The calls were coming in fast and furious. “Could it be that there will not be enough kosher poultry for Passover?” “Did you hear that Empire shut down for a day?” When all the facts were finally gathered, it was nothing more than a perceived temporary shortage due to a problem with broken tendons, as a KosherToday investigation revealed. So I decided to look at some articles I read recently and maybe ring the alarm bells early and not wait for the panic to set in.
For example, the Associated Press reported that "years of drought are reshaping the U.S. beef industry with feedlots and a major meatpacking plant closing because there are too few cattle left in the United States to support them. Some feedlots in major cattle-producing states have already been dismantled, and others are sitting empty. Operators say they don’t expect a recovery anytime soon, with high feed prices, much of the country still in drought and a long time needed to rebuild herds ... For consumers, the impact will be seen in grocery and restaurant bills as a smaller meat supply means higher prices." So are we looking at incredibly higher prices for kosher beef?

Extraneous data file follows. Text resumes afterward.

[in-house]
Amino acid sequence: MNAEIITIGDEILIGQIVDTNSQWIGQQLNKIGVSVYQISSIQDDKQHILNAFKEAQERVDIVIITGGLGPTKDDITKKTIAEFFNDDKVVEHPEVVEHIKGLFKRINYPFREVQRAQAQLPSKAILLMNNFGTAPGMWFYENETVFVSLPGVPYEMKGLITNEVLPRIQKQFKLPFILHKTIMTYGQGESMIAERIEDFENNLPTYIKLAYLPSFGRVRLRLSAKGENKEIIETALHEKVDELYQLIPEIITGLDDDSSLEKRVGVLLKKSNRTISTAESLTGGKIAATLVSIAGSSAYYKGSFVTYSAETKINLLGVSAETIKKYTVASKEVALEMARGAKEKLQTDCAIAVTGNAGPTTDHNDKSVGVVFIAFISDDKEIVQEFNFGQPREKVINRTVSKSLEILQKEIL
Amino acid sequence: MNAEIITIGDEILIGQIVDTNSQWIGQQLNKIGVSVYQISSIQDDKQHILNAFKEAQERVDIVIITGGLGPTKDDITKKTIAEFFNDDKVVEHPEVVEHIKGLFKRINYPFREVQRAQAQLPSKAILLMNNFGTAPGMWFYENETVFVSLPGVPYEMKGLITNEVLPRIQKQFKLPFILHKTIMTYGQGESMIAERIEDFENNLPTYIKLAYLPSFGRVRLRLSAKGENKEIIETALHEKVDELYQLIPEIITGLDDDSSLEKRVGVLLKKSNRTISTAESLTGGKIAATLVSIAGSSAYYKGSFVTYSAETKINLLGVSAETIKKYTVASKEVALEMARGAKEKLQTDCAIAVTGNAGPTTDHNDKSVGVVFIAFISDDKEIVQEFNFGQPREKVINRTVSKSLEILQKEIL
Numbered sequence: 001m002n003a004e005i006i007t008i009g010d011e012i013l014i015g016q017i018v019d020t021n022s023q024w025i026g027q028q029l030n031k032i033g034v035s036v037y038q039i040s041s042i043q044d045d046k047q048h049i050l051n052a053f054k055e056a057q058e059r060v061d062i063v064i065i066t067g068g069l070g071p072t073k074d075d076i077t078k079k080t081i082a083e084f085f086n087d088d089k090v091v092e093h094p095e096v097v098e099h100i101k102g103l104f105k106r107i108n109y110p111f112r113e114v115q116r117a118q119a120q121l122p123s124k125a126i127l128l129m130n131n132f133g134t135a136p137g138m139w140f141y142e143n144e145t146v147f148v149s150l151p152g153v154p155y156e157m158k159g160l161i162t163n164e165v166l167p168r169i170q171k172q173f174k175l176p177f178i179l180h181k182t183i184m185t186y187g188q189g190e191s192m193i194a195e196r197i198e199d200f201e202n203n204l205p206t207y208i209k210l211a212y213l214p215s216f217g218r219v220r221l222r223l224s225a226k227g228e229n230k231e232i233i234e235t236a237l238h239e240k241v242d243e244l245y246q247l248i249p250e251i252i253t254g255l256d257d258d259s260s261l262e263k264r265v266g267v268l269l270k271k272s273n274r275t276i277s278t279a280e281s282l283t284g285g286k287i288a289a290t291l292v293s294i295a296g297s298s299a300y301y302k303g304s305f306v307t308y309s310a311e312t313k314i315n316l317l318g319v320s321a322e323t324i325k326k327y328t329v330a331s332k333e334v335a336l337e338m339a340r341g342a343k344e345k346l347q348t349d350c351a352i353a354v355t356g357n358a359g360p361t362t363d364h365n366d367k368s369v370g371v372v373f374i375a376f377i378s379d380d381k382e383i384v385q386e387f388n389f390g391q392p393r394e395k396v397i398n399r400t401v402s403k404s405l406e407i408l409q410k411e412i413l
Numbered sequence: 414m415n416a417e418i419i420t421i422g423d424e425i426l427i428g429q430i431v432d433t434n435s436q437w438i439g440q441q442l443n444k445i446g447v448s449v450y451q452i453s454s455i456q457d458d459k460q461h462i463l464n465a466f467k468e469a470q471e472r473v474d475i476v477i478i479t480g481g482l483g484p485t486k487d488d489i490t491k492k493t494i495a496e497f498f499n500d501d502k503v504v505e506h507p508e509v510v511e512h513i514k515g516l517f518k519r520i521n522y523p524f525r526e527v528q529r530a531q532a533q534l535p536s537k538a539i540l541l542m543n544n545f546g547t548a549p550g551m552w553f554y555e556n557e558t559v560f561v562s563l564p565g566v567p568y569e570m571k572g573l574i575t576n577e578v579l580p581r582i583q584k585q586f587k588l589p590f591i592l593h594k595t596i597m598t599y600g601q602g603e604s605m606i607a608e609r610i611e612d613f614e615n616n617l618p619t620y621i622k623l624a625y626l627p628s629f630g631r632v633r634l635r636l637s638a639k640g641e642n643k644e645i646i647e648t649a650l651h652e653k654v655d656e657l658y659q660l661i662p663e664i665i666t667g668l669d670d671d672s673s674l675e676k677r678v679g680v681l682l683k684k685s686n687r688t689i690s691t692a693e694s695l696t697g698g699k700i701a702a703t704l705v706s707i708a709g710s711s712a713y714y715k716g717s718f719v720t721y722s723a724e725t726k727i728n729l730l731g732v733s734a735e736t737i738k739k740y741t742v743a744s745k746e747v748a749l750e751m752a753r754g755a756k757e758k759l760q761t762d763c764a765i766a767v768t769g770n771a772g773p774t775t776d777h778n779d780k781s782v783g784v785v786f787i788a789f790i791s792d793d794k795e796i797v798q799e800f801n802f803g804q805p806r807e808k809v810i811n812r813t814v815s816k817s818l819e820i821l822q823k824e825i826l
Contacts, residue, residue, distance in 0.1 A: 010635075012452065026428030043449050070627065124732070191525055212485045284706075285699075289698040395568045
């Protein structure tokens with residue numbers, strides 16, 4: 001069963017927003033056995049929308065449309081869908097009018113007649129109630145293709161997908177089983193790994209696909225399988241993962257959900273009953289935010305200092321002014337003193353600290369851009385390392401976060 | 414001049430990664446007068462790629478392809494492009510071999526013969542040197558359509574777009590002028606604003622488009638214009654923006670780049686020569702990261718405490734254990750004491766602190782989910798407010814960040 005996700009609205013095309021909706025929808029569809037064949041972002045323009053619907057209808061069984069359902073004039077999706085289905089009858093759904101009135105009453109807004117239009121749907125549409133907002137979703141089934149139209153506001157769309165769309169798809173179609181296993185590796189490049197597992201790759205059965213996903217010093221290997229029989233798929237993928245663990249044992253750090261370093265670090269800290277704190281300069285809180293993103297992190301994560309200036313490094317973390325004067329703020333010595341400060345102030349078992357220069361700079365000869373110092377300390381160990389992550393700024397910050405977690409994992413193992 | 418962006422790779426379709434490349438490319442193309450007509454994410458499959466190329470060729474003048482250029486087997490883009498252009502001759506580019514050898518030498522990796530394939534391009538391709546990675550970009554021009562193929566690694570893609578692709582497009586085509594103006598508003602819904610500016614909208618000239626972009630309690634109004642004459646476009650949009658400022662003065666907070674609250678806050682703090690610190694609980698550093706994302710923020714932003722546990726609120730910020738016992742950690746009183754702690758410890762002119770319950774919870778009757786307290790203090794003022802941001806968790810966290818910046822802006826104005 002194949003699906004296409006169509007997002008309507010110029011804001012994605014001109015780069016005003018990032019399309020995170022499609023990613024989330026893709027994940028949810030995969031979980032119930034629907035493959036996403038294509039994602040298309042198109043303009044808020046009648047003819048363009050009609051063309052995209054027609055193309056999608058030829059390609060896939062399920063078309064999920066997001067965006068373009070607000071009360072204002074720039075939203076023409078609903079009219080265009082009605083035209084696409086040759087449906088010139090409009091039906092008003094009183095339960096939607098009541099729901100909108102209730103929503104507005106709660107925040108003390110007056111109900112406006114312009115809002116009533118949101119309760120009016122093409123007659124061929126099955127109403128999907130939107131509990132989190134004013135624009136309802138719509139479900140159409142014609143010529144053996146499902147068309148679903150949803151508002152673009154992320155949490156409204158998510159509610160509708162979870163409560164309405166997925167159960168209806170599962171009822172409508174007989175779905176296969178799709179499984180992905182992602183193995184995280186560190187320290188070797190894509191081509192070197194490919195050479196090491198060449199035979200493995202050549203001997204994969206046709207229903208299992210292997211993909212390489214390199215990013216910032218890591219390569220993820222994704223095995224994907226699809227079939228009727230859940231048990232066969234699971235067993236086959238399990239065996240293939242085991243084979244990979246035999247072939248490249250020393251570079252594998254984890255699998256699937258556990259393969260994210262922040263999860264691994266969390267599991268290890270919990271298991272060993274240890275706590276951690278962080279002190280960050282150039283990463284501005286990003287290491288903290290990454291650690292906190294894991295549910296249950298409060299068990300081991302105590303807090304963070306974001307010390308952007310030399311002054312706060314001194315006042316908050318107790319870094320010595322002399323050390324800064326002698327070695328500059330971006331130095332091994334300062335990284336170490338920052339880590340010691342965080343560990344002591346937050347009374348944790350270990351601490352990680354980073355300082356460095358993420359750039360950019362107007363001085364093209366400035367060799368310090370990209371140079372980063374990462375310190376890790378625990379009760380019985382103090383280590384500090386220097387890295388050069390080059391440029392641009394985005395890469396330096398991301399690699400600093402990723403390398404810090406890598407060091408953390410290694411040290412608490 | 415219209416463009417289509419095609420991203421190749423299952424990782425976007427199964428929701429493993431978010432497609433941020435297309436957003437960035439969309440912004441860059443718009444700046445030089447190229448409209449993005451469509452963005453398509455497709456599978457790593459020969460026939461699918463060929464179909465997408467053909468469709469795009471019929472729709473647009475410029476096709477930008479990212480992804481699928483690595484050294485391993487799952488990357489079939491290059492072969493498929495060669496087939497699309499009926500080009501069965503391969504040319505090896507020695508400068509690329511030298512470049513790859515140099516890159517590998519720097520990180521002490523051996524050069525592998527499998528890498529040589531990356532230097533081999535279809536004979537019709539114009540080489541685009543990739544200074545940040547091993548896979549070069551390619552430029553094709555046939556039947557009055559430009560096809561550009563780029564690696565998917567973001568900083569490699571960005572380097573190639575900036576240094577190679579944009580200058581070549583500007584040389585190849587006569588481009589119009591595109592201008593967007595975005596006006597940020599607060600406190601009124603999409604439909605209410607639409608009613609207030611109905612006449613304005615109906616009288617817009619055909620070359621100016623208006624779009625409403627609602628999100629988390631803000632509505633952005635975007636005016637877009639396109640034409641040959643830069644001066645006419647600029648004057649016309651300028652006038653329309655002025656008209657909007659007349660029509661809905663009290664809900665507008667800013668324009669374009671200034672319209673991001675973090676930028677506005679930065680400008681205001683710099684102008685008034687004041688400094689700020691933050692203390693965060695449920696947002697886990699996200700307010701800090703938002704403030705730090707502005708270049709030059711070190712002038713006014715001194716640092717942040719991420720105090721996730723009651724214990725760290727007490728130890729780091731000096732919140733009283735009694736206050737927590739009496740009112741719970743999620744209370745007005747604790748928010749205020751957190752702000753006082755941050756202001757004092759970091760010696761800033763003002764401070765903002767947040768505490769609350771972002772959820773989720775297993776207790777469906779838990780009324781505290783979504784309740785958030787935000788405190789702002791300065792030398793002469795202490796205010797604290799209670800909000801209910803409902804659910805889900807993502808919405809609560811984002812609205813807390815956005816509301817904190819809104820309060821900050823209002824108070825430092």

And if that wasn’t enough, a WeiserMazars 2012 U.S. Food & Beverage Industry Study noted: “With food prices forecast to move 3% to 4% higher this year, it is not surprising that the major concern among food and beverage companies surveyed was the cost of goods,” stated Brian Todd, President & CEO of The Food Institute. “Inflation almost entirely offset sales increases last year at grocery stores, with the Food Institute noting that sales in the sector increased less than 1% last year after inflation was taken into account, based on the association’s exclusive pricing indices.”
Just as I was about to panic, I recalled that somehow I had read about this before, maybe 10 or 12 years ago. Well, I guess, I’ll go back to worrying about kosher chickens, but even that in a free market society somehow found a way to sort itself out.